Jakob stood on a dais, a smile on his face, as he presented his right arm to the priest in front of him. The trees on the roof shielded them from the sun that shone from the spotless blue sky. Despite the shade, it had gotten warm under the suit, and the heavy, green silk fabric with its golden embroidery pressed down on his shoulders.
The Priest held a golden band around his wrist, and he suppressed the urge to draw his arm away at the sudden, cold touch of the metal. The band snapped together with a clanking sound, then the priest produced a small key and locked it. Jakob looked to the woman standing next to him on the right.
She wore an intricate dress, made from several different fabrics, all dyed in a blue that rivaled the sky, interwoven with threads of copper, worn over tanned skin that made his seemed pale in comparison. Her raven hair had been done up, fixed with needles and a net, both also made of copper. Her eyes were closed in a smile, and she too held her arm towards the priest, though she presented her left. He fixed another band to her wrist, the same way he had done to Jakob’s.
Another man walked up to them, clad in the same robes as the priest, though less decorated. He kneeled, and presented a white string to his superior. Jakob’s gaze wandered from him to the courtyard, to the heavy benches made from polished granite, decorated with gold and jewels – and to the people sitting on them. Two dozen men sat there, in suits that were plain, but undoubtedly made from the most expensive materials they could get a hold of. They sat there and looked at him.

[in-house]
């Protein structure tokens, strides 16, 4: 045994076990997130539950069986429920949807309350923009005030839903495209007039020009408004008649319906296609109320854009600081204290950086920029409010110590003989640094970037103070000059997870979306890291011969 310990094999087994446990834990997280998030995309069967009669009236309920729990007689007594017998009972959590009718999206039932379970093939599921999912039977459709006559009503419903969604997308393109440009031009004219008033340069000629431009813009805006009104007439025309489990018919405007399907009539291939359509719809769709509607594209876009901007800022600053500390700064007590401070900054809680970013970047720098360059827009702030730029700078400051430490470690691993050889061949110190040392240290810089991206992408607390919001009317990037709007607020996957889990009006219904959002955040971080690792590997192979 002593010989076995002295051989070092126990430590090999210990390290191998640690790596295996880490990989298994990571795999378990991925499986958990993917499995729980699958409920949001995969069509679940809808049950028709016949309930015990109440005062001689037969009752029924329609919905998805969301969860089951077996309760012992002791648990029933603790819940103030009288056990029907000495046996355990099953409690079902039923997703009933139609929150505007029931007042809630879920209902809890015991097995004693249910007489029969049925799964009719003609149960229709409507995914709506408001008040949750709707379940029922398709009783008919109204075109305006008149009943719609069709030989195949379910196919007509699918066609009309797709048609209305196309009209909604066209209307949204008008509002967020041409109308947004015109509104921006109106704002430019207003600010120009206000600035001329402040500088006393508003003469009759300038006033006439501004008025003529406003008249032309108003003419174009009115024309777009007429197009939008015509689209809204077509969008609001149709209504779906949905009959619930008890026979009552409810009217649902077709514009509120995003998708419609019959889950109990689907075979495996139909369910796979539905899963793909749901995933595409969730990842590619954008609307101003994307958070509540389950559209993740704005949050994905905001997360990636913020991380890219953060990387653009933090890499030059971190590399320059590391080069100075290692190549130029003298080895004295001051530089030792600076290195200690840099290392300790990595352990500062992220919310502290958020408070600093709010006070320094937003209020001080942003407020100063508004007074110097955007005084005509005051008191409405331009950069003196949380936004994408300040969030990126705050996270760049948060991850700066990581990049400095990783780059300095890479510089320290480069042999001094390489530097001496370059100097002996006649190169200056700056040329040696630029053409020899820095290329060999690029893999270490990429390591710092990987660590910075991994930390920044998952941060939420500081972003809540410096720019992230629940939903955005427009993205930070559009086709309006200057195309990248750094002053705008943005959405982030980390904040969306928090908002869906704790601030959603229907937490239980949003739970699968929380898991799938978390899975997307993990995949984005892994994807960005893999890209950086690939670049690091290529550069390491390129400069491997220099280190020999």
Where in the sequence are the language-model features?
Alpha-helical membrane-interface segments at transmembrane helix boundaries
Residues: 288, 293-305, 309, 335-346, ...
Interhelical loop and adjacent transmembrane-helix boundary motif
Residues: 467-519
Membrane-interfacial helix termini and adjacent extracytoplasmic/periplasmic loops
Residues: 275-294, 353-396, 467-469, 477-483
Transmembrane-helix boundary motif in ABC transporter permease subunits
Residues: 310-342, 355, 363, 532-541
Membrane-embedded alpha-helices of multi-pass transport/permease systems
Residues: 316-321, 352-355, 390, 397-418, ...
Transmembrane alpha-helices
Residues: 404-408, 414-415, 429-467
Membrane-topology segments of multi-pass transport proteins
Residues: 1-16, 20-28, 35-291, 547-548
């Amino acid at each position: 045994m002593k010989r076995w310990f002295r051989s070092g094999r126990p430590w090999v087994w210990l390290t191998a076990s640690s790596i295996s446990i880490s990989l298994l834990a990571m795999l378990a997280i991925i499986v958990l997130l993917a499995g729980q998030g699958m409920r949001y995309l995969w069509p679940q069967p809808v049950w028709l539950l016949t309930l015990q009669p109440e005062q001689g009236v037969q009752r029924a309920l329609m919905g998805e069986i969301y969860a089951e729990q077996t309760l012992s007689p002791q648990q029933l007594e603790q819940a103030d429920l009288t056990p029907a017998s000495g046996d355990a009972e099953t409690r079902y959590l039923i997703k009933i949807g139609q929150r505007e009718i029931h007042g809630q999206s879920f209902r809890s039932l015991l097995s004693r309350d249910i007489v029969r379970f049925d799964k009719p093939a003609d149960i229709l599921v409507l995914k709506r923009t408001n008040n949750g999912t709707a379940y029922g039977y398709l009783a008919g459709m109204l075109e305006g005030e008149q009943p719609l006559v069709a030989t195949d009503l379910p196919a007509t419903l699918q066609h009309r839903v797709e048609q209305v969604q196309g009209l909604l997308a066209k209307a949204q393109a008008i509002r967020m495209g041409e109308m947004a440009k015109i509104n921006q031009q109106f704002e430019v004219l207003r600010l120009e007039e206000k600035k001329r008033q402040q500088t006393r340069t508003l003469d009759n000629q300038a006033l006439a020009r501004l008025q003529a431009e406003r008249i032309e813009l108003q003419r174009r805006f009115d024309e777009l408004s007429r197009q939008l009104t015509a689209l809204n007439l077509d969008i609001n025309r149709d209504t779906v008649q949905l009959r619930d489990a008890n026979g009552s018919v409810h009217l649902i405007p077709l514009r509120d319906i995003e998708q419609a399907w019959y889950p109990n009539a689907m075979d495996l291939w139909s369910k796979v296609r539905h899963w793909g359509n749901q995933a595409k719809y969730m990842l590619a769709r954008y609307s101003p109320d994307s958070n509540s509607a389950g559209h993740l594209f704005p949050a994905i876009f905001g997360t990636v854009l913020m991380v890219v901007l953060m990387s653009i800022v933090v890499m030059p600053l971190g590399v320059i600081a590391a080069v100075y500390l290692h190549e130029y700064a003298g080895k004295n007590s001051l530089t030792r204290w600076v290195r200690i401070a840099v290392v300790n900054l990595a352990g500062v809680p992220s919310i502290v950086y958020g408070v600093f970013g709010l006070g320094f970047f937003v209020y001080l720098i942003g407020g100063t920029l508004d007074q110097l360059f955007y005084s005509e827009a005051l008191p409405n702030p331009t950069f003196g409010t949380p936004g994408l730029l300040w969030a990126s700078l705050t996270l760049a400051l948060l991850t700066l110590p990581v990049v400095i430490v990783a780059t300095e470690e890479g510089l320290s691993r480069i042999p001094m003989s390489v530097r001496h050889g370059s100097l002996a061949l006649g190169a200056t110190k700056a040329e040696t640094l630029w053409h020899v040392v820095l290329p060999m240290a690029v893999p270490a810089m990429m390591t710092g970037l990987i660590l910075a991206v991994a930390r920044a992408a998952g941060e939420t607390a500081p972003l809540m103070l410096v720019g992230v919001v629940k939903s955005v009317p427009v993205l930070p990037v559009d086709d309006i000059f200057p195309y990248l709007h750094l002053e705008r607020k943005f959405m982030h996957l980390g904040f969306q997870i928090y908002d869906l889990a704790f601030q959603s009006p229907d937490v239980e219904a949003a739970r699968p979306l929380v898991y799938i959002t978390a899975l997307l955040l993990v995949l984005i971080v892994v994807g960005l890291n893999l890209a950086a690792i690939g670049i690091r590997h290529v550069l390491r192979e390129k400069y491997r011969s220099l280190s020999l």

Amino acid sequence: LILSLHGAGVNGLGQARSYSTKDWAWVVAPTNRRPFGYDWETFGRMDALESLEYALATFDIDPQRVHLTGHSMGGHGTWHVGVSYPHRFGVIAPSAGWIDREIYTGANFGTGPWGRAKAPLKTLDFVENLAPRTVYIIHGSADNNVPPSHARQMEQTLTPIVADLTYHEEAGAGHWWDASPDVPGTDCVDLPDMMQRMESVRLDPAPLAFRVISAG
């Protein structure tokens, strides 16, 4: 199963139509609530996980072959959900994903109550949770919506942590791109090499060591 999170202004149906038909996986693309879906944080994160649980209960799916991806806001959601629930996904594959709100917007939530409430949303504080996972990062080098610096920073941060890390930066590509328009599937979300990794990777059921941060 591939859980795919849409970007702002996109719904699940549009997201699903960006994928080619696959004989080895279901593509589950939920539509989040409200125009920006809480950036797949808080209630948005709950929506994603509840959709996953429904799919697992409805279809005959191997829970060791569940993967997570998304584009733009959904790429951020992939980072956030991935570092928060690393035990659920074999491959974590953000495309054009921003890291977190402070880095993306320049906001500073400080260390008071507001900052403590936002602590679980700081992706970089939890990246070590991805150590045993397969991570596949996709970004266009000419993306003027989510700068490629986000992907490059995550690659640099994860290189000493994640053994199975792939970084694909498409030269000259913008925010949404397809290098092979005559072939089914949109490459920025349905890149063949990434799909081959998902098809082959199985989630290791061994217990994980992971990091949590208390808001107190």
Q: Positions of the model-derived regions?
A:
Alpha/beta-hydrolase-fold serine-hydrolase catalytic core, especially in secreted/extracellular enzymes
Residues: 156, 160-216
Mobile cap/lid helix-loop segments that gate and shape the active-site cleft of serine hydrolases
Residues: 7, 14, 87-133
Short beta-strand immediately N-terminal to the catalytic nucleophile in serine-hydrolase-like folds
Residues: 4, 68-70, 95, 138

A slight twitch went through his cheek, but he forced himself to continue smiling.
He breathed in.
He breathed out.
The priest took the string, then walked behind them and up the dais. He pushed both ends of it through their wristbands at the same time, then held them towards the crowd, and finally tied them together. “Lady Neryja blessed this day with sunshine,” he exclaimed. The booming voice hurt in Jakob’s ears, but he kept his smile. “This day, it is a sign! A sign that Lady Neryja has blessed this marriage also!”
As he shouted the last words, he raised his hands from their arms. Starting with the knot, the whole string started to turn a vibrant purple, similar to the priest’s own garb. The crowd broke out in applause, an orchestra started to play in the corner of the courtyard, and servants poured out of a door, depositing all kinds of food on several tables. From his point of view, Jakob caught a glimpse of the priest putting a small, empty vial back into the satchel around his waist.
A man, sitting alone on the bench in the first row, stood up. The suit he wore was of the same color as Jakob’s, and his short, dark blonde hair sported a slight green hue. He turned to the guests, cleared his throat, and said, “It is done! I want to thank again our friends, no, our allies from Vasilfáros, for this token of alliance. Many of the folk outside, from peasants that have lost their sight of righteousness to foreign firebrands, have tried to hinder us, to drive a wedge between us, but they have failed! All of them have failed! Today is that day that history will be written, and it will be our history!” He raised a fist to the sky.